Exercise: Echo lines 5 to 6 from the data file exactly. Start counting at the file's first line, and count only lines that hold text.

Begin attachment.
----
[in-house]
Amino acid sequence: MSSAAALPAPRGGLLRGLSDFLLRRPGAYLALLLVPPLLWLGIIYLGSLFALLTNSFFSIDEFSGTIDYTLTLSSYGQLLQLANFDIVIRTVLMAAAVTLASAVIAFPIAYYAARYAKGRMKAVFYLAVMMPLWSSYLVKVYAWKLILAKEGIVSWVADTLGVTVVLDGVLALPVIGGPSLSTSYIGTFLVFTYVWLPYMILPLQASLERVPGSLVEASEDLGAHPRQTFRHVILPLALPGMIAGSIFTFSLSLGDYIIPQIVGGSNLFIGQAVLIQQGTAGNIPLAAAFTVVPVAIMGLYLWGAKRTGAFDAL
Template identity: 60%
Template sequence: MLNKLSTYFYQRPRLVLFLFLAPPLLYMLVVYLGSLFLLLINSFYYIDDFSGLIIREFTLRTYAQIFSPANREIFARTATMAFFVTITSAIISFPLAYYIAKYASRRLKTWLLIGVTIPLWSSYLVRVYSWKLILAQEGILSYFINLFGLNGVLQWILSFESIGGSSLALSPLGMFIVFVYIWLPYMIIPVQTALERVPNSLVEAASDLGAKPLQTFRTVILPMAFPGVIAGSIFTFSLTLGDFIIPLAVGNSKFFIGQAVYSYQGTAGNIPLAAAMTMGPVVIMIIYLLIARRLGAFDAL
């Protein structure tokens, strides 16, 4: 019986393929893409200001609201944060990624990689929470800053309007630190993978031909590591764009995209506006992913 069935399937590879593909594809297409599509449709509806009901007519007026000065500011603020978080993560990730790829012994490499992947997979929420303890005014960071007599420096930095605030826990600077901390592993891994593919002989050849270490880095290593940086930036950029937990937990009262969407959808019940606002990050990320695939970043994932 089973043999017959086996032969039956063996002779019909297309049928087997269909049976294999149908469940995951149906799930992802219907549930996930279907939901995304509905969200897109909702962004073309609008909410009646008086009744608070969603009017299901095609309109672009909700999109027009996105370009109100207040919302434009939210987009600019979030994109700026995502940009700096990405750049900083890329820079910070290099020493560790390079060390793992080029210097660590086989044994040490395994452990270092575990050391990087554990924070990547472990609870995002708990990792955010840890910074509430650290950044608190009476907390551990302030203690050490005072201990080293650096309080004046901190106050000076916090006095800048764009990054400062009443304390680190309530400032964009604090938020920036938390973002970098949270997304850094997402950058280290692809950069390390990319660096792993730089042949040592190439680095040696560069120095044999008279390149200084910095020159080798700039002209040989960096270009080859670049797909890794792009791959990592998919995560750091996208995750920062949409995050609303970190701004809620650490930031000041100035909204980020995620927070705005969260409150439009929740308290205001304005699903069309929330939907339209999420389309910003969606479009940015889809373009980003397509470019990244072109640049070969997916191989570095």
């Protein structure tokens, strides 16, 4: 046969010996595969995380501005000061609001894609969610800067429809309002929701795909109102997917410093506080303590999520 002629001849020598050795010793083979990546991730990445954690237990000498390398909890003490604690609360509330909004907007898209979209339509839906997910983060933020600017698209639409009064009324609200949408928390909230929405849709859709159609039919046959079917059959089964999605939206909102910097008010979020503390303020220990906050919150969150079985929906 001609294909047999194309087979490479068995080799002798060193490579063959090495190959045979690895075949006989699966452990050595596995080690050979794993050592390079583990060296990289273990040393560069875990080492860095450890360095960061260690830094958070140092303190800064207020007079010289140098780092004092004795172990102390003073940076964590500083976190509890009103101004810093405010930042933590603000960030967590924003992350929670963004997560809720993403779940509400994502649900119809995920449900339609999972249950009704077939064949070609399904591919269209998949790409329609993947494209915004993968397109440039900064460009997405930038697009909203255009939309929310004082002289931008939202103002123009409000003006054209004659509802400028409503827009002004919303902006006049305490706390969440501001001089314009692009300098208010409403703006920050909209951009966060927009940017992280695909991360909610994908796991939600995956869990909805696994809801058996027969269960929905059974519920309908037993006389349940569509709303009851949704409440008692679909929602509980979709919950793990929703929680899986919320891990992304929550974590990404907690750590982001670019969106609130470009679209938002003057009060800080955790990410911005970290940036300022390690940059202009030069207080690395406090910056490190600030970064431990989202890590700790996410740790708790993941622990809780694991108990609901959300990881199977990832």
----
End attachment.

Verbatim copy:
């Protein structure tokens, strides 16, 4: 019986393929893409200001609201944060990624990689929470800053309007630190993978031909590591764009995209506006992913 069935399937590879593909594809297409599509449709509806009901007519007026000065500011603020978080993560990730790829012994490499992947997979929420303890005014960071007599420096930095605030826990600077901390592993891994593919002989050849270490880095290593940086930036950029937990937990009262969407959808019940606002990050990320695939970043994932 089973043999017959086996032969039956063996002779019909297309049928087997269909049976294999149908469940995951149906799930992802219907549930996930279907939901995304509905969200897109909702962004073309609008909410009646008086009744608070969603009017299901095609309109672009909700999109027009996105370009109100207040919302434009939210987009600019979030994109700026995502940009700096990405750049900083890329820079910070290099020493560790390079060390793992080029210097660590086989044994040490395994452990270092575990050391990087554990924070990547472990609870995002708990990792955010840890910074509430650290950044608190009476907390551990302030203690050490005072201990080293650096309080004046901190106050000076916090006095800048764009990054400062009443304390680190309530400032964009604090938020920036938390973002970098949270997304850094997402950058280290692809950069390390990319660096792993730089042949040592190439680095040696560069120095044999008279390149200084910095020159080798700039002209040989960096270009080859670049797909890794792009791959990592998919995560750091996208995750920062949409995050609303970190701004809620650490930031000041100035909204980020995620927070705005969260409150439009929740308290205001304005699903069309929330939907339209999420389309910003969606479009940015889809373009980003397509470019990244072109640049070969997916191989570095």
């Protein structure tokens, strides 16, 4: 046969010996595969995380501005000061609001894609969610800067429809309002929701795909109102997917410093506080303590999520 002629001849020598050795010793083979990546991730990445954690237990000498390398909890003490604690609360509330909004907007898209979209339509839906997910983060933020600017698209639409009064009324609200949408928390909230929405849709859709159609039919046959079917059959089964999605939206909102910097008010979020503390303020220990906050919150969150079985929906 001609294909047999194309087979490479068995080799002798060193490579063959090495190959045979690895075949006989699966452990050595596995080690050979794993050592390079583990060296990289273990040393560069875990080492860095450890360095960061260690830094958070140092303190800064207020007079010289140098780092004092004795172990102390003073940076964590500083976190509890009103101004810093405010930042933590603000960030967590924003992350929670963004997560809720993403779940509400994502649900119809995920449900339609999972249950009704077939064949070609399904591919269209998949790409329609993947494209915004993968397109440039900064460009997405930038697009909203255009939309929310004082002289931008939202103002123009409000003006054209004659509802400028409503827009002004919303902006006049305490706390969440501001001089314009692009300098208010409403703006920050909209951009966060927009940017992280695909991360909610994908796991939600995956869990909805696994809801058996027969269960929905059974519920309908037993006389349940569509709303009851949704409440008692679909929602509980979709919950793990929703929680899986919320891990992304929550974590990404907690750590982001670019969106609130470009679209938002003057009060800080955790990410911005970290940036300022390690940059202009030069207080690395406090910056490190600030970064431990989202890590700790996410740790708790993941622990809780694991108990609901959300990881199977990832």